When Michaela gave birth to their first child, she and her husband Vincent were overjoyed.
Little Raphael was the perfect bundle of joy they were hoping for – and the first few months of his life were “textbook”.
But at the age of eight months, the couple suffered every parent’s worst nightmare.
The brave boy showed signs of lethargy, was pale and had numerous bumps and bruises all over his body.
His mother, 32, took him to his GP but claimed doctors told her it was an infection.
Then, on her fifth visit, Raphael was taken to the hospital, where he was diagnosed with leukemia, a form of blood cancer.
Although initially better, he relapsed twice and now refuses any treatment.
His life expectancy is unknown and Michaela and Vincent fear that he could die any day.
Michaela, a childminder from Manchester, said: “No one knows how long they have left and a couple of weeks ago someone even told us they only have a few days.”
“We use the time we have left to go out with him a lot because he enjoys the fresh air and to plan fun trips, for example to the zoo and to everything that has to do with nature, the forest or water .”
“I wish I could take everything from him and my heart is sad that he had to live this life.”
“It is not fair and so cruel for an innocent child to endure the pain and suffering that he has felt.
“Now his leukemia is essentially refusing any treatment he has as it has become invisible leaving him in the final stages of the disease.”
Michaela recalls that the first months of his life were “textbook” and Raphael achieved all the necessary milestones.
But after examining his symptoms, they discovered that the “lumps” on his skin were actually enlarged lymph nodes.
“When I was putting him on one morning, I noticed a big bump under his armpit and small bumps on his head and I was very concerned,” Michaela said.
“It didn’t seem normal, but I was a first-time mom and I figured I’m not panicking about anything.”
“But I knew something was wrong and the fear got over me.
“When the counselor came in with the results of his diagnosis, they were kneeling on the floor and I could tell from their body language that it wasn’t good news.”
“I screamed when they told us it was leukemia and I felt sick — I couldn’t stop crying and gagging.”
I screamed when they told us it was leukemia. I couldn’t stop crying and choking.
The next day, Raphael was promptly fitted with a Hickman tube to his chest so he could begin treatment, which included fluids, chemotherapy, and blood transfusions.
For the next seven months, the three-year-old remained hospitalized with his parents taking turns going home.
He was declared cancer-free in June 2021 and the family were delighted to celebrate his recovery.
Tragically, he relapsed six months later and was diagnosed for a second time.
The mother-of-one said: “One testicle was enlarged so both had to be removed.”
“He had many more chemotherapy treatments and a bone marrow transplant, but then he developed complications with his intestines, where he had to be IV-fed for 12 hours a day.”
Then, the day before his scheduled discharge, doctors confirmed that he had relapsed again, this time ending incurably.
In March 2023, Raphael was placed in end-of-life care, and with no treatment available, his parents endure a heartbreaking wait.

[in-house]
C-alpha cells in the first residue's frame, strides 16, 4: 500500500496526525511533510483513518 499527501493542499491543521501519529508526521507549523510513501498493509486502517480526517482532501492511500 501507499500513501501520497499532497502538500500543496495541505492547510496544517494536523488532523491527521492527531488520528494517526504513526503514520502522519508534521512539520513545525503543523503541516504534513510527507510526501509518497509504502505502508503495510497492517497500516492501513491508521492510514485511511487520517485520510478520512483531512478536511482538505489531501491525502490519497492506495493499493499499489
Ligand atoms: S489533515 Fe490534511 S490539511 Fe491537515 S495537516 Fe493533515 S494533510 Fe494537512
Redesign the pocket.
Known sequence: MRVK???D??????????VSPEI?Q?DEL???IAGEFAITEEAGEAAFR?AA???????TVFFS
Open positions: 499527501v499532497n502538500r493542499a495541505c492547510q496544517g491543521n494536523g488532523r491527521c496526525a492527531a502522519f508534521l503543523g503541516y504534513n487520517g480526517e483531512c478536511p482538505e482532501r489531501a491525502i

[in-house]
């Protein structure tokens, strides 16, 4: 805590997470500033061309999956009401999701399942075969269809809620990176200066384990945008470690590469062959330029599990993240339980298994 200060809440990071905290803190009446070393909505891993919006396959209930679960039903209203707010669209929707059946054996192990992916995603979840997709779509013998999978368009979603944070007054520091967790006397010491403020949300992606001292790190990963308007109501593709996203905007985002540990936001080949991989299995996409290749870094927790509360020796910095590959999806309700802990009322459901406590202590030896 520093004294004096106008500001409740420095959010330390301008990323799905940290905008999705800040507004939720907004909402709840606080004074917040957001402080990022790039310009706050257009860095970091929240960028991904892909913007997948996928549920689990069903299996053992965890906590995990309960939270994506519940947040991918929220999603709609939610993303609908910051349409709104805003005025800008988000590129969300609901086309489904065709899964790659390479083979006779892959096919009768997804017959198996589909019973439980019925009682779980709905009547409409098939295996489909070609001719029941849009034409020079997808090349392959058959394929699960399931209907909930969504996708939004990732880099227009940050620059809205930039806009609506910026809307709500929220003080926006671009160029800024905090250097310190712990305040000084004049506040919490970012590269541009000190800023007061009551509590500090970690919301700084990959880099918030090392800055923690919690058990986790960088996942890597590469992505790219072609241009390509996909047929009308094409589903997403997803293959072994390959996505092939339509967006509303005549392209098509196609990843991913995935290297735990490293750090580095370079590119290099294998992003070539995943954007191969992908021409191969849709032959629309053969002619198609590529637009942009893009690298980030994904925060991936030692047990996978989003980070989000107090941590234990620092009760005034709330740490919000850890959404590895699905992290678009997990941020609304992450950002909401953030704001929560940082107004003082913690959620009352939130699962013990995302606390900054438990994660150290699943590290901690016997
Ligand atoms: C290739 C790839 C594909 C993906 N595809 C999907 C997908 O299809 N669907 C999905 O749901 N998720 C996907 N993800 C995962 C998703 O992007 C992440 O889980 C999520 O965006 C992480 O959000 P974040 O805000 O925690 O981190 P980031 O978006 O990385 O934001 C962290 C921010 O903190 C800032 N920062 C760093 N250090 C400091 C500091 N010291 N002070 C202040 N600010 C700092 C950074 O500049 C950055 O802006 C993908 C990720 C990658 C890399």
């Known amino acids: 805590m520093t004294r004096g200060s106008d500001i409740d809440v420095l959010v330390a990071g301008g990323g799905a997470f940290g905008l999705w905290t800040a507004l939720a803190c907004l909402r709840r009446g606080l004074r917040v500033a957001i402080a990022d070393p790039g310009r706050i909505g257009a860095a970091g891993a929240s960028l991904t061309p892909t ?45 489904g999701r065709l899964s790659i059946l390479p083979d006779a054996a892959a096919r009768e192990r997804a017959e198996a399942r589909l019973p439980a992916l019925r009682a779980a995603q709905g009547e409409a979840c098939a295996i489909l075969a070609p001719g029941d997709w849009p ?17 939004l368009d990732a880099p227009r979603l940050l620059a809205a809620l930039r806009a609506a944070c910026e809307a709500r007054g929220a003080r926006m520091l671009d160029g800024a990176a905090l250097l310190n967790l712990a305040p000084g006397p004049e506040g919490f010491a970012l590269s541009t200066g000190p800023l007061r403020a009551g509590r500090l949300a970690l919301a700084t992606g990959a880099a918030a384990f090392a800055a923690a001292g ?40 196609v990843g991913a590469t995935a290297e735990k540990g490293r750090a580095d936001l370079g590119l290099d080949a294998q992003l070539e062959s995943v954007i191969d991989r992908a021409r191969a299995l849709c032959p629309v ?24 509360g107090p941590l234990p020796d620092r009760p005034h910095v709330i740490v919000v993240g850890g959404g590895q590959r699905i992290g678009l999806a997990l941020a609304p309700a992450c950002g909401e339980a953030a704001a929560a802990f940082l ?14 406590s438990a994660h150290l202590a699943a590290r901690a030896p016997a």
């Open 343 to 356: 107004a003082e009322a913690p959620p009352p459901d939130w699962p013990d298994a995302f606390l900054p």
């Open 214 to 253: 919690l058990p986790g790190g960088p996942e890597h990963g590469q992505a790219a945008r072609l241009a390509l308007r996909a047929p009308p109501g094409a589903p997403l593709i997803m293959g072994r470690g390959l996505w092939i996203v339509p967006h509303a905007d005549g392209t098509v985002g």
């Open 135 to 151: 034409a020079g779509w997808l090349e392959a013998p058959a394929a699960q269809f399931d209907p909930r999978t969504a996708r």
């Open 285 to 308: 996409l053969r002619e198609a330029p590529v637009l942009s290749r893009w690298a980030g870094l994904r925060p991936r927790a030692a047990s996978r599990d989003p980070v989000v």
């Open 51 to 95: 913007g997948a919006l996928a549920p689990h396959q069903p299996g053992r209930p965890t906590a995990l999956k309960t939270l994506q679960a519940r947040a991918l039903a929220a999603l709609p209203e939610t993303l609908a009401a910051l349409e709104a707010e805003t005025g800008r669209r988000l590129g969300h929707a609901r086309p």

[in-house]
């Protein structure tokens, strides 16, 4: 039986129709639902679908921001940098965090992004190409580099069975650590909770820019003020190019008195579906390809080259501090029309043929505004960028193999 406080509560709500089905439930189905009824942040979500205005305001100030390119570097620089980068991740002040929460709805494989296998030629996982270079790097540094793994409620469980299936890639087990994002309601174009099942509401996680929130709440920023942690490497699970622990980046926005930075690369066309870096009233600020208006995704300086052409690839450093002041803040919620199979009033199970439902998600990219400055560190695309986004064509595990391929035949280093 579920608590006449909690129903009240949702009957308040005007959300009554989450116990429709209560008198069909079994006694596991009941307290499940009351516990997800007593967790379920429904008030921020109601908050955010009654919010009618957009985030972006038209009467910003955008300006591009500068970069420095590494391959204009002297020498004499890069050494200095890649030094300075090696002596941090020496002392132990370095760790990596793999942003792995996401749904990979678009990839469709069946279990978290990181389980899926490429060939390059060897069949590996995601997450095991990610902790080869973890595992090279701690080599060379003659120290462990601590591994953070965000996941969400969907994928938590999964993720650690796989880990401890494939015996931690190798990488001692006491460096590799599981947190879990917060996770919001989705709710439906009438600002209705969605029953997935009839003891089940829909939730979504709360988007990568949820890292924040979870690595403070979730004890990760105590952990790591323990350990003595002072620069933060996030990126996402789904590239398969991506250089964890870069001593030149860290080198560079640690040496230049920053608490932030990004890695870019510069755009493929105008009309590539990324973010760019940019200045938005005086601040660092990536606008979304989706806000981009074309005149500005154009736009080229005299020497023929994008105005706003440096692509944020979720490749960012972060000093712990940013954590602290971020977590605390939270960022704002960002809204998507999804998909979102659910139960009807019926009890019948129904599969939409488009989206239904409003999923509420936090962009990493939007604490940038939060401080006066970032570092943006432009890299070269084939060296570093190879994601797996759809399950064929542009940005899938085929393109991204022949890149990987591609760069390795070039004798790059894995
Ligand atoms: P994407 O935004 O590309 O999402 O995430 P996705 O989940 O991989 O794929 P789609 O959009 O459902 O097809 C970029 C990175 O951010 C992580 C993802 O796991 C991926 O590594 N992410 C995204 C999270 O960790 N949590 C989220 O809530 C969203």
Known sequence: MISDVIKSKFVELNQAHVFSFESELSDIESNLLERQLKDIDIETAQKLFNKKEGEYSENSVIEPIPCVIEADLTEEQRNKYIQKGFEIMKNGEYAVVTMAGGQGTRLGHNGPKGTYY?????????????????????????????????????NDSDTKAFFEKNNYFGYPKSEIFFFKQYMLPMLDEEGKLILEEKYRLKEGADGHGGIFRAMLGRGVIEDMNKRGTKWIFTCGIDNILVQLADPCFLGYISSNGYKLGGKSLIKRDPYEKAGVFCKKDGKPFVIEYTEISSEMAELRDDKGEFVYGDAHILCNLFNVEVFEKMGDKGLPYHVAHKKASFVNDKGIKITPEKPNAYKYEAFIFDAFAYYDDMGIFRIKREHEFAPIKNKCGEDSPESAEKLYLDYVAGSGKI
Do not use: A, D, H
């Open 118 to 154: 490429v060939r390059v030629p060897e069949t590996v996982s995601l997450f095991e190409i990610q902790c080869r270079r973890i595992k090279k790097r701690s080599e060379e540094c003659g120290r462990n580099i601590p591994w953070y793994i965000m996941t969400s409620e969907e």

“I’m totally deaf”
“I’m completely deaf,” said Michaela. “He’s tired but still trying to play and eat.
“His body is no longer making new blood, so he has to have transfusions every day.
“We had to quit work, are financially strained and don’t see our families very often anymore.”
With their devastating story, the couple wants to help prevent others from going through the same pain.
“My advice to other people is to know the signs and symptoms to look out for and show strength in your child,” Michaela said.
“It’s important to have some downtime for yourself because it’s detrimental to your body and mind.”
“Life in the hospital is exhausting and the roller coaster ride of news, treatments and machines makes it impossible to rest.
“I can’t imagine how traumatic that was for him.
“My fun, resilient and lovely boy is being taken away from us way too soon.”
What are the symptoms of childhood leukemia?
Leukemia is the most common cancer in children under the age of 15.
More than 650 children and young adults are diagnosed with the disease in the UK each year.
It is a type of blood cancer that affects the white blood cells in the blood and bone marrow.
Some types of leukemia are acute, meaning they develop quickly, while others are chronic and develop more slowly.
Leukemia in children is almost always acute. Symptoms include:
- Constant tiredness
- feeling breathless
- More prone to bruising
- nosebleeds or bleeding gums
- A petechial rash (round red or purple patches on the surface of the skin that don’t change color when you press on them)
- Frequent infections
- weight loss
- Swollen lymph nodes in the neck
- stomach pain or swelling
- bone pain
- night sweats
- General malaise
Treatment depends on the type of leukemia and the patient’s general health, but often includes chemotherapy or stem cell transplantation.
Survival rates are improving. Between 1997 and 2001, 79% of 0-14 year olds and 56% of 15-24 year olds survived.
From 2012 to 2016, the leukemia survival rate had improved to 88% in 0-14 year olds and 76% in 15-24 year olds.
Source: Blood Cancer UK